Doom and gloom are filling the air. Some economists and market gurus warn that we may be going into another recession. Indeed, some say we may already be in a recession. And what will happen if we head over the “fiscal cliff”?
At times like this, I think of my marvelous old friend Dan Bunting, a man who successfully managed money on behalf of private individuals and institutions for nearly 40 years.
Along the way, he learned to take most economic prognostications with a grain of salt. If you listened too much to economists, he said, you would never invest a penny. “Just remember,” he used to tell me with a smile, “the economic fundamentals always look terrible.”
Dan died recently, after a short illness. The news has me thinking again about Bunting’s Laws of Investing.
The first time he told me about them was over lunch, a decade ago. This was back in the days when I worked in London, and journalists could still go out for lunch. He had accumulated the rules over the course of his long career. At the time, I thought they were interesting but whimsical. After the past 10, turbulent years, I’m amazed at how useful they are. It’s been like a “Twilight Zone” episode.
What are Bunting’s Laws?
1. Sell stocks of companies that announce huge acquisitions, that overdiversify, or that spend a fortune on a lavish new headquarters, he said. (Hello, New York Times.)
3. Watch out when executives start selling a lot of stock — though they will, he added, always offer a plausible-sounding excuse when doing so. (Top executives in homebuilding companies, mortgage banks and Wall Street firms dumped billions of dollars’ worth of stock before 2008.)
4. “Run a mile” from all stocks in an industry going through a huge investment boom: This will lead to massive overcapacity and a consequent collapse. (Cite any recent bubbles you care to name.) Avoid the fallen stars after the bubble bursts, too.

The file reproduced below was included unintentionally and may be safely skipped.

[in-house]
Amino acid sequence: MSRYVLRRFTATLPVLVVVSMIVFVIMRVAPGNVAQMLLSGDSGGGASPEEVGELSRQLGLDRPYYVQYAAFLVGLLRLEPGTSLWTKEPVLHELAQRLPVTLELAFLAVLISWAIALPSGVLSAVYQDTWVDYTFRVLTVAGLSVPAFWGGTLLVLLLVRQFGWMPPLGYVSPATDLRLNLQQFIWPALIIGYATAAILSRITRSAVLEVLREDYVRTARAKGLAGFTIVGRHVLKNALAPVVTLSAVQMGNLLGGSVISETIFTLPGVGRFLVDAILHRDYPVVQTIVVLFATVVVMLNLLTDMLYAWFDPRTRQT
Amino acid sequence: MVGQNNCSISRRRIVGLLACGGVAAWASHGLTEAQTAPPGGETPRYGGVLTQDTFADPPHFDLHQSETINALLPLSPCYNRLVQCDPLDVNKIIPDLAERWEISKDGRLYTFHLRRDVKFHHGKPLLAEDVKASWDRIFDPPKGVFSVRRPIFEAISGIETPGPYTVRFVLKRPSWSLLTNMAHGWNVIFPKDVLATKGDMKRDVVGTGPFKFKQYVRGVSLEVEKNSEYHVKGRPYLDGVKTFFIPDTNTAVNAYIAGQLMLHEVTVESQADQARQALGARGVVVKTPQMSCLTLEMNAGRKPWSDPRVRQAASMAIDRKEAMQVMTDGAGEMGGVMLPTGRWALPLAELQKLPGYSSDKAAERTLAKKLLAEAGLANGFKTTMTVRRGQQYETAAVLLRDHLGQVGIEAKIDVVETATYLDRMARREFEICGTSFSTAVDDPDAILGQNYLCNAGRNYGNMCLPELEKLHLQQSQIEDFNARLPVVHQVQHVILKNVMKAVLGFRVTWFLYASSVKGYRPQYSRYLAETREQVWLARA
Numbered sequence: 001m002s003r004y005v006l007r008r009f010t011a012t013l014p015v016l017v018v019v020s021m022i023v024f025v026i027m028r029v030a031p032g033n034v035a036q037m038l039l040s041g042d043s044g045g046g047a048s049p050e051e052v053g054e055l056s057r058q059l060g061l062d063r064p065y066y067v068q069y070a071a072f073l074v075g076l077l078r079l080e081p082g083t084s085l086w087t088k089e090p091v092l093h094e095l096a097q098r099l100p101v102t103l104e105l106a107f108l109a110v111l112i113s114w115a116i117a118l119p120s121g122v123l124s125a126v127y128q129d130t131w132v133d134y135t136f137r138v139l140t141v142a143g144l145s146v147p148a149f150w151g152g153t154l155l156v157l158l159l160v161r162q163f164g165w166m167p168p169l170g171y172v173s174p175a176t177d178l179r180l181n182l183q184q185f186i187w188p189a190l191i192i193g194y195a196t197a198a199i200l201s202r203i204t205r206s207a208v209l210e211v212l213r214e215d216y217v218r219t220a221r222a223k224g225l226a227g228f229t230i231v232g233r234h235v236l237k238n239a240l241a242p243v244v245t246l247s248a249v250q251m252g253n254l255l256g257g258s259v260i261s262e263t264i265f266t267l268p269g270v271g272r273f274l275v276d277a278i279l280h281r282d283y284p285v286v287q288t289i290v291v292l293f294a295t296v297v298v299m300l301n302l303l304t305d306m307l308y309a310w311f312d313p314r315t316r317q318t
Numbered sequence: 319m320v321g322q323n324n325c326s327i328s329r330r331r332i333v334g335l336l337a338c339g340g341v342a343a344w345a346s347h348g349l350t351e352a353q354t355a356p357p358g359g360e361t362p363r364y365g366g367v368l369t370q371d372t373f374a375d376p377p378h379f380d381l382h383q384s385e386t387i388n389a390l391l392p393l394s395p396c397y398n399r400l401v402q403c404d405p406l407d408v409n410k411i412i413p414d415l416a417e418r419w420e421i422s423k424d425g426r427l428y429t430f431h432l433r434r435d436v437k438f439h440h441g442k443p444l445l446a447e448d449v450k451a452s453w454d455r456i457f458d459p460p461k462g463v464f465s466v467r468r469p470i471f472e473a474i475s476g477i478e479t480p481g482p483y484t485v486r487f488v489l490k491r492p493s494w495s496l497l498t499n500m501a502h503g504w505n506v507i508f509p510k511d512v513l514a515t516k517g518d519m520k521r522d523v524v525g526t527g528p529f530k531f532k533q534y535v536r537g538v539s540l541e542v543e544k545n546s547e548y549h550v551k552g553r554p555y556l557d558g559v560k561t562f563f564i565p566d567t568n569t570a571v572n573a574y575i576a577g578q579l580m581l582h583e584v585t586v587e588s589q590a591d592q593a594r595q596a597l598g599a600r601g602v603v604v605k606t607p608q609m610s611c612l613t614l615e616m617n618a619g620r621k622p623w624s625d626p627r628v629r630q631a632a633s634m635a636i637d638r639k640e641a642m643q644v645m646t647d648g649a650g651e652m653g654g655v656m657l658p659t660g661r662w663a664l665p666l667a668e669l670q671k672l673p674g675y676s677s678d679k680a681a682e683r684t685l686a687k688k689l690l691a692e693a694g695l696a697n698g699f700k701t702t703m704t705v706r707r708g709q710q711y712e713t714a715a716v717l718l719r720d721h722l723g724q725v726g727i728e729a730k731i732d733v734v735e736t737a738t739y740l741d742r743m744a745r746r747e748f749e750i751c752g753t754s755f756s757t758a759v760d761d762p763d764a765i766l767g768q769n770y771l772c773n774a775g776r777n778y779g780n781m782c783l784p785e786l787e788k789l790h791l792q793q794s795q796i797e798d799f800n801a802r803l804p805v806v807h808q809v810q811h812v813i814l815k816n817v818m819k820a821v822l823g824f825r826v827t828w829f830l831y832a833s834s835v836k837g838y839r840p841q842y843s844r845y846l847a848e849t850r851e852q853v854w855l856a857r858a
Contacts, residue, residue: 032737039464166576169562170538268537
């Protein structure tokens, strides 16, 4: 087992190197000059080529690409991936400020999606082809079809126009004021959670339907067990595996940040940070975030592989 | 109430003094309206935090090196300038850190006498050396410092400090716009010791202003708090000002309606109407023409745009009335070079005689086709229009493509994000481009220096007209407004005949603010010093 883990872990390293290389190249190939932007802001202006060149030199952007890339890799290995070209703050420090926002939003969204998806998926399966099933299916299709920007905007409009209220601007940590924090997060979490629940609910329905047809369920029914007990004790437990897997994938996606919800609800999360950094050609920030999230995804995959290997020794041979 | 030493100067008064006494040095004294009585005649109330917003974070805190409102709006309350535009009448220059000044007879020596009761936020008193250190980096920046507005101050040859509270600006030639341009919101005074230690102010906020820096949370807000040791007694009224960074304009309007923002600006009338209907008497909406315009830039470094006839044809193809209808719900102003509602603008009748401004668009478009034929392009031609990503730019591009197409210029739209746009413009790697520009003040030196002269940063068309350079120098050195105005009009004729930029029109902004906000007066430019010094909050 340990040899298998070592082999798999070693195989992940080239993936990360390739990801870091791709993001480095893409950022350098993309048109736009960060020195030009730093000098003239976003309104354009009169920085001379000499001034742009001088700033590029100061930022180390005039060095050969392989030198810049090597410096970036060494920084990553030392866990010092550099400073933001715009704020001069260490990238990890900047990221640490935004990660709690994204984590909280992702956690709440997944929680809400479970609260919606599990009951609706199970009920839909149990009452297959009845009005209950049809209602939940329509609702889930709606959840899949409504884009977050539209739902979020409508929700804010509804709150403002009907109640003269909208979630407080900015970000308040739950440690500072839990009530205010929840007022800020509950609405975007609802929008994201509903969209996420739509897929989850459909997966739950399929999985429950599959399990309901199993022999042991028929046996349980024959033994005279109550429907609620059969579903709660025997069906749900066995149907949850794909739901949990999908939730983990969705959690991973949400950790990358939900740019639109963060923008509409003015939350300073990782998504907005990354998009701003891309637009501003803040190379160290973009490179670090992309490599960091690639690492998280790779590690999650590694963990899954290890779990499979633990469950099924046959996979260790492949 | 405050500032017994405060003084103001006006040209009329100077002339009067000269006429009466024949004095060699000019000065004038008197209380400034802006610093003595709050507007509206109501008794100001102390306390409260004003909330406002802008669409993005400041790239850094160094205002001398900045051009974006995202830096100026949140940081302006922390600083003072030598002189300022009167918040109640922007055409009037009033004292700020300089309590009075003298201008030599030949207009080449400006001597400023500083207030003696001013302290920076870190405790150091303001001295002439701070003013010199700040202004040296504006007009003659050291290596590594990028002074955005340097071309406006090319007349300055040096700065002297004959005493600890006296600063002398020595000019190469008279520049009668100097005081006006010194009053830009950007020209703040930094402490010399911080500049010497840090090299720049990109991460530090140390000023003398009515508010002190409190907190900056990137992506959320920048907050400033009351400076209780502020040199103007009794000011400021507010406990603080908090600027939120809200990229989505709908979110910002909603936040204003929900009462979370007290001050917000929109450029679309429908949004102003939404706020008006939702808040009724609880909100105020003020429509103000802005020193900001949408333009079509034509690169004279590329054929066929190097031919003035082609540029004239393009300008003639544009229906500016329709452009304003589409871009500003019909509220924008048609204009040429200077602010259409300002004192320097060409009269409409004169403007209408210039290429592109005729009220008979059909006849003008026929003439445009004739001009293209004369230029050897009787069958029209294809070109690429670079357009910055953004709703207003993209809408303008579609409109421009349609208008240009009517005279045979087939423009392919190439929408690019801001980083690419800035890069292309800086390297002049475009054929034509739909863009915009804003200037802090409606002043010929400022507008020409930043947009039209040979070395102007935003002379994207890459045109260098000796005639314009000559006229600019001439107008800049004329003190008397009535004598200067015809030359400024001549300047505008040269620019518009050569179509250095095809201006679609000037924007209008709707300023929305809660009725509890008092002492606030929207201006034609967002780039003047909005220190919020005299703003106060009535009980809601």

5. As a rule, steer clear of investing in manufacturing companies. Their industries are usually plagued with extreme cycles of boom and bust, overcapacity and slumps.
6. Pay little attention to economists or market “gurus,” Dan always advised. (Incidentally, the corollary of economists always predicting a recession is that they generally fail to predict one when it actually does happen.)
7. Mistrust all mathematical trading formulas as well. Dan noted, they invariably fail just when you most need them to work.
Not all of Bunting’s Laws are about stocks to avoid.
8. Look for companies where the insiders are buying lots of stock, he said.
9. Look for companies generating a lot of cash, as that is almost always the start of sustained outperformance.
10. Look for companies which have monopolies, or near monopolies, and those which manage to take out their main competitors.
11. Remember you are buying businesses, not just stocks. So pay close attention to the quality of the business, and especially the quality of the management. They make an enormous difference. Over time, Dan would say, “class shows.”
12. Look for companies in the consumer sectors — in particular, companies which have earned the trust of consumers, and which have very strong brand names. “As a rule, the closer you are to the consumer, the more money you will make,” he said. “The ultimate guarantee of profit is to possess the trust of the consumer.” (Hello, Apple.)
These rules may sound very obvious. They are, or ought to be. You’d be amazed how many investors manage to forget them. Especially on Wall Street.
For those willing to take risks, Dan also said, there are great profits to be made by jumping on an investment bandwagon — so long as you jump off again in time. “You always make the biggest profits on the worst stocks,” he used to say. (It sounds ridiculous. It isn’t.)
The last time I saw Dan Bunting was a year ago. He was waiting for me in an old London pub near Leicester Square, wearing a pin-stripe suit and clutching a pint of warm beer. We headed over to London’s Chinatown for lunch. I will miss him. But Bunting’s Laws will live on. I will think of him every time one of these rules is validated, yet again.